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Ecophysiology of Barrier Island Beach Plants: Responses in Form and Function to Daily, Seasonal and Episodic Stresses

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Ecophysiology of Barrier Island Beach Plants: Responses in Form and Function to Daily, Seasonal and Episodic Stresses
Hancock, Thomas Earl
Barrier islands (BIs) are transient, highly dynamic geological structures of fairly recent origin found along most continental shorelines. In particular, eighty-five percent of the East and Gulf Coasts of the United States are fronted by BIs. Within this environment, the BI beach is considered physically controlled due to the harsh abiotic factors that predominate. The small suite of plant species that survive in this habitat have been the subject of numerous ecological studies for greater than one-hundred years. This research has provided a general understanding of how BI beach plants and their environment interact and affect one another. Unfortunately, research on the physiological ecology of BI beach plants is essentially nonexistent, with the exception of several West Coast (USA) studies, and therefore a detailed understanding of the physiological processes involved in plant response to stress is lacking. The most general objective of this dissertation is to incorporate the tools of physiological ecology into an ecological study that investigates the response of four plant species representing different functional groups to daily, seasonal and episodic stresses present on Topsail Island, North Carolina (USA). Leaf stomatal frequency measurements, microscopic examination of internal leaf anatomy and photosynthetic light response measurements of Amaranthus pumilus, Cakile edentula, Hydrocotyle bonariensis and Iva imbricata were made in an effort to test predictions of a leaf form and function model proposed by Smith et al. (1997). Amaranthus pumilus, a C4 summer annual, had more stomata on the adaxial than abaxial leaf surface, typical Kranz anatomy, and higher adaxial photosynthetic light response. Cakile edentula, a C3 cool weather annual, had slightly more stomata on the adaxial leaf surface, unifacial leaf anatomy and equal adaxial and abaxial photosynthetic light response. Hydrocotyle bonariensis, a C3 perennial that grows by asexual rhizomes, had equal numbers of stomata on both leaf surfaces, bifacial leaf anatomy and equal adaxial and abaxial photosynthetic light response. Iva imbricata, a C3 woody perennial, had equal numbers of stomata on both leaf surfaces, unifacial leaf anatomy and equal adaxial and abaxial photosynthetic light response. These results generally fit model predictions for a stressful environment. In a second study, micrometeorological measurements were taken and soil water content determined in an effort to assess water availability in the BI beach environment. Additionally, plant strategies for mediating water stress were addressed via life-history trait determination, xylem water potential and gas exchange measurements. Moderate to high levels of rainfall occurred February through September, with forty percent of the yearly total associated with three storm systems (March, May and August). Soil water content was approximately three percent which is similar to values reported for several previous BI studies. Amaranthus pumilus had the shortest growing season (seven months), some of the highest assimilation rates and appeared to mediate transpiration and xylem water potential via stomatal control. Cakile edentula was absent during the hottest months of the year when vapor pressure deficits would have been greatest (late July through late October). Cakile edentula had moderate to high assimilation rates, some of the highest stomatal conductance rates and lowest xylem water potential measurements. Hydrocotyle bonariensis exhibited the longest growing season (ten months), lowest assimilation rates and maintained an almost constant, high xylem water potential due to rhizomes that accessed water from slacks located inland of the foredunes. Iva imbricata had a nine month growing season, moderate assimilation and transpiration rates as well as moderate xylem water potential values. Based on these findings, A. pumilus, H. bonariensis and I. imbricata could be considered to employ tolerance strategies with C. edentula employing an avoidance strategy. The importance of photosynthetic carbon gain (PCG) as a common currency was addressed in a third study by modeling the response of A. pumilus, C. edentula, H. bonariensis and I. imbricata to the present day BI beach environment. Micrometeorological, gas exchange and photosynthetic light response measurements as well as a transplantation experiment were conducted to estimate potential and realized PCG for each species. The realized yearly PCG was 63.14 mol CO2 m-2, 69.91 mol CO2 m-2, 59.10 mol CO2 m-2 and 80.16 mol CO2 m-2 for A. pumilus, C. edentula, H. bonariensis and I. imbricata, respectively. A PCG model based upon PAR measurements and the photosynthetic light response of each species suggested that there were several environmental factors responsible for the difference in realized and potential PCG. The response of each species to environmental stresses (including the genetic potential to respond to these stresses) can account for species differences in both potential and realized PCG. A yearly PCG threshold may exist, as well as numerous life-stage PCG thresholds, that must be met in order for plants to survive and produce viable offspring. Each species in this study can acquire these thresholds via a unique combination of life-history, anatomical and physiological attributes. The final chapter of this dissertation explored predictions for the future of A. pumilus, C. edentula, H. bonariensis and I. imbricata in the face of climate change. Many studies have indicated that in addition to a continuing (and possibly accelerated) rise in sea level, the intensity and frequency of extreme episodic storm events are likely to increase. These pressures when added to current and future habitat loss due to development and hardening of the shoreline will certainly result in a very different BI beach landscape than is seen today. Shorelines are predicted to retreat a few kilometers to tens of kilometers inland depending upon geographic location. How humans respond to these changes will determine the future of many BI beach plant species. Of the four species addressed in this study, A. pumilus is likely to be most negatively affected. Amaranthus pumilus was listed as federally threatened in 1993 due to habitat loss. Studies have shown that A. pumilus requires areas of suitable habitat that include accreting ends of BIs that do not contain hardened structures. These habitats are likely to become less common except in areas that are preserved or properly managed as dynamic landscapes. The Coastal Barrier Island Network is a recently funded (National Science Foundation) diverse group of biologists, geologists, engineers, economists and sociologists that have begun to work toward a national policy that promotes sustainable preservation, conservation and development of BI ecosystems within the natural limits imposed by this highly dynamic environment.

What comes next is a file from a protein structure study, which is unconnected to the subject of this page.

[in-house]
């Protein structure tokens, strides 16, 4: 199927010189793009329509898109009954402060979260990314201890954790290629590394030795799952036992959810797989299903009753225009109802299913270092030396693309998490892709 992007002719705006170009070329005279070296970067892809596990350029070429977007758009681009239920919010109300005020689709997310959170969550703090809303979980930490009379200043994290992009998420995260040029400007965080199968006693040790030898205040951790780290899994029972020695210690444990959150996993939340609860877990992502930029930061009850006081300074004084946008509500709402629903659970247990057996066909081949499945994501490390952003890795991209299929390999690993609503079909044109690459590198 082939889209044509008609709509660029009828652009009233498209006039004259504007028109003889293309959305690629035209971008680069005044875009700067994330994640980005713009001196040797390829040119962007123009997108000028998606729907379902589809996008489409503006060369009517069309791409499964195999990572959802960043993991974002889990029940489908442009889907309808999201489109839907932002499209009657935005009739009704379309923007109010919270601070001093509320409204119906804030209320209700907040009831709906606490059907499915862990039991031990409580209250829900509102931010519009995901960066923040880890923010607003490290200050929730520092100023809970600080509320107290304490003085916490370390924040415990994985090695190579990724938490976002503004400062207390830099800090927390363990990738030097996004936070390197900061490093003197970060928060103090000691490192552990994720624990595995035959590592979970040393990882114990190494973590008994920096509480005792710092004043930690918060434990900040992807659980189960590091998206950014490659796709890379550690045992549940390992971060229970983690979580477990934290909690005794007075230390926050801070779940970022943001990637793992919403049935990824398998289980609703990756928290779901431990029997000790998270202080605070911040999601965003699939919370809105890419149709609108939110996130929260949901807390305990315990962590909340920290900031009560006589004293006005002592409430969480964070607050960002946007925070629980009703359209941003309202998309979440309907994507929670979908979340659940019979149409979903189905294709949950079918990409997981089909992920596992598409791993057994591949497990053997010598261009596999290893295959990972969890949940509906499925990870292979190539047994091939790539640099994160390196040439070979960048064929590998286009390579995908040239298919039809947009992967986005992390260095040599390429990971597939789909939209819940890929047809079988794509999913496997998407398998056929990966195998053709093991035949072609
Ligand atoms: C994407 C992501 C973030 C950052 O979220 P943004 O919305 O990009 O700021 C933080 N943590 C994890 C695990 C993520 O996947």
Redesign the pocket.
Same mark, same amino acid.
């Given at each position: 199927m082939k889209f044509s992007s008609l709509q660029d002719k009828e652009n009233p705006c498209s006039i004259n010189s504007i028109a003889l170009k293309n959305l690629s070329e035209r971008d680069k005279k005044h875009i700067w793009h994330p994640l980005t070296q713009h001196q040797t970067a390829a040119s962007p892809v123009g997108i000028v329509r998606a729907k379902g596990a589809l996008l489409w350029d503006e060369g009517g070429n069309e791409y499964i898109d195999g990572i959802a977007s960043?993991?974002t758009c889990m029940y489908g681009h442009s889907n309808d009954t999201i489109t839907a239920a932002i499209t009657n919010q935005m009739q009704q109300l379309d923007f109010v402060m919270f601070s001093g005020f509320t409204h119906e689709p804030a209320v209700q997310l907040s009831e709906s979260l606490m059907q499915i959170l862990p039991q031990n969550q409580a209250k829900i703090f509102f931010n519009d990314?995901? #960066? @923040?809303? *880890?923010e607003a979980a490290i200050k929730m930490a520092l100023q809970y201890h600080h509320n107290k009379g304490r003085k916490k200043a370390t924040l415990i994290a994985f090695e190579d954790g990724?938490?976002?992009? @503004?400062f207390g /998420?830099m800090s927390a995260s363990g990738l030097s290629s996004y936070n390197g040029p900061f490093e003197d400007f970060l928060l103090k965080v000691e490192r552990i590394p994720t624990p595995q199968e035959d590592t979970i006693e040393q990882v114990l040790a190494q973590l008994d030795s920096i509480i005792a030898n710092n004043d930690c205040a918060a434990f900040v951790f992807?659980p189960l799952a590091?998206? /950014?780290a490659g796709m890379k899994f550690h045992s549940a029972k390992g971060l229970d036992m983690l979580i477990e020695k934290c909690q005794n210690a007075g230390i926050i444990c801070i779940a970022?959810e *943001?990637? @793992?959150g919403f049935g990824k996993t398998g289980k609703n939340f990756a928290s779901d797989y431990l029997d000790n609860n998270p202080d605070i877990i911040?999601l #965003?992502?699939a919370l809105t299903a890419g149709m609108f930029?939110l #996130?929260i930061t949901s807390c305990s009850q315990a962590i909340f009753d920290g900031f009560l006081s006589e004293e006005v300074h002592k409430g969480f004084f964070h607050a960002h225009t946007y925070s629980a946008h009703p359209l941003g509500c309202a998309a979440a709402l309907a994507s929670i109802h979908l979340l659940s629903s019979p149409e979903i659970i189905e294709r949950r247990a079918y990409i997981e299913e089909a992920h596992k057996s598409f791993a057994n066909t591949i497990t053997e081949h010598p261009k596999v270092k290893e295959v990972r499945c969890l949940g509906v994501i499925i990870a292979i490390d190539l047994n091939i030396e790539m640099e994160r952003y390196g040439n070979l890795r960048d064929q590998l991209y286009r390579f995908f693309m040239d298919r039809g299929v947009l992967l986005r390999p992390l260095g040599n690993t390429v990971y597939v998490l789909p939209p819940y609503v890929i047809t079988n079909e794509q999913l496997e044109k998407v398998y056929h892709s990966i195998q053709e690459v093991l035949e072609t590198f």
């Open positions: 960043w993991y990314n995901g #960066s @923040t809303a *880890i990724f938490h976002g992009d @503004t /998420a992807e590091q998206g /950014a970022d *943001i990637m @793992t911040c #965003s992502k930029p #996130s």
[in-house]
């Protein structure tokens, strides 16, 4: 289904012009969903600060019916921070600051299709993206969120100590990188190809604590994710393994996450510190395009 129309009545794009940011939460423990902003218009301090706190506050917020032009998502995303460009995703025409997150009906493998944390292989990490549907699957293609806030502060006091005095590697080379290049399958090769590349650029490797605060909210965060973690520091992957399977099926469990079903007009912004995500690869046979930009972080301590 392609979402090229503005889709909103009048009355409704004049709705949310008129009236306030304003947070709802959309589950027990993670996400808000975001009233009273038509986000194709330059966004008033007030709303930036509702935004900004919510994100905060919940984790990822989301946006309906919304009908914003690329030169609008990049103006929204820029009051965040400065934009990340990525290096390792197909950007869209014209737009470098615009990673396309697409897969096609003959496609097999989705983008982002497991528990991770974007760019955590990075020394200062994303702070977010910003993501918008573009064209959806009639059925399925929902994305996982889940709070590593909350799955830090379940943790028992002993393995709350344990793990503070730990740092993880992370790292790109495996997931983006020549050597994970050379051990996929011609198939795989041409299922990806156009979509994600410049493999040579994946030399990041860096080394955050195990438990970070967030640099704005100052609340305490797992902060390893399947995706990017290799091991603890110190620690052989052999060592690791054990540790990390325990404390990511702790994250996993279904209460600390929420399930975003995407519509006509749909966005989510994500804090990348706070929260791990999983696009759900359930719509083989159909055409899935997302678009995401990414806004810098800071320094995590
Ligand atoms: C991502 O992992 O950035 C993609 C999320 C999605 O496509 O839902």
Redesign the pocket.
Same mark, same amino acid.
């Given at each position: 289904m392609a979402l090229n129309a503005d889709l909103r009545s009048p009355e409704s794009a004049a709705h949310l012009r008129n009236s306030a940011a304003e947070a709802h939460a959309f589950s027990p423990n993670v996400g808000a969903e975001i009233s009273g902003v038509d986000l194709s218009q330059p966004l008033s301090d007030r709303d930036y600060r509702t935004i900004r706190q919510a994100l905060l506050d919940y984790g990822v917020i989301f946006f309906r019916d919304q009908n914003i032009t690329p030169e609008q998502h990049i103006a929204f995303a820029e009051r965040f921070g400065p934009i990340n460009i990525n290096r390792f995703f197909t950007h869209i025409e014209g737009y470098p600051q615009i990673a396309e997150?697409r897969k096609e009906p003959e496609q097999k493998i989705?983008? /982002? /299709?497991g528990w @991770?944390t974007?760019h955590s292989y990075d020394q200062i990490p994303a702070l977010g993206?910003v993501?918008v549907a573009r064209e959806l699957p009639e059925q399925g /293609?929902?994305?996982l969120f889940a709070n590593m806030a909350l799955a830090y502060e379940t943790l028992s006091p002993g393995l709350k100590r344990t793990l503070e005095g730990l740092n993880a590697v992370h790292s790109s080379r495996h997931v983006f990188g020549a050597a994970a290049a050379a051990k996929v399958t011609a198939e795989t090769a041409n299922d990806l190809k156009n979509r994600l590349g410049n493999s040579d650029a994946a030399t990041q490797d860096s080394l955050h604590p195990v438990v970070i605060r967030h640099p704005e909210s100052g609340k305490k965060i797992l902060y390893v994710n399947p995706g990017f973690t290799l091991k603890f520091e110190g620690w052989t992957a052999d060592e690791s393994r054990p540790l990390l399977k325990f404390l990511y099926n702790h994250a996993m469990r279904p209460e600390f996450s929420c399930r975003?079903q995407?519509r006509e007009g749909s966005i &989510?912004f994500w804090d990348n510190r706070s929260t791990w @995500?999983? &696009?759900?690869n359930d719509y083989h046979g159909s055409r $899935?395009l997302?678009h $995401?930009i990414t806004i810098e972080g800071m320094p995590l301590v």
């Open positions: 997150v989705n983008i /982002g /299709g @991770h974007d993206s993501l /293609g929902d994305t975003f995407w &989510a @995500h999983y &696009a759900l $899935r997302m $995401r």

barrier islands
plant physiology
plant ecology
leaf form
water stress
climate change
Baxley, John V. (committee chair)
Smith, William K. (committee member)
Kron, Kathleen A. (committee member)
Dimock, Ronald V. (committee member)
Silman, Miles R. (committee member)
2009-09-04T12:40:53Z (accessioned)
2010-06-18T18:59:09Z (accessioned)
2009-09-04T12:40:53Z (available)
2010-06-18T18:59:09Z (available)
2009-09-04T12:40:53Z (issued)
Biology (discipline)
http://hdl.handle.net/10339/14831 (uri)
en_US (iso)
Wake Forest University
Release the entire work immediately for access worldwide. (accessRights)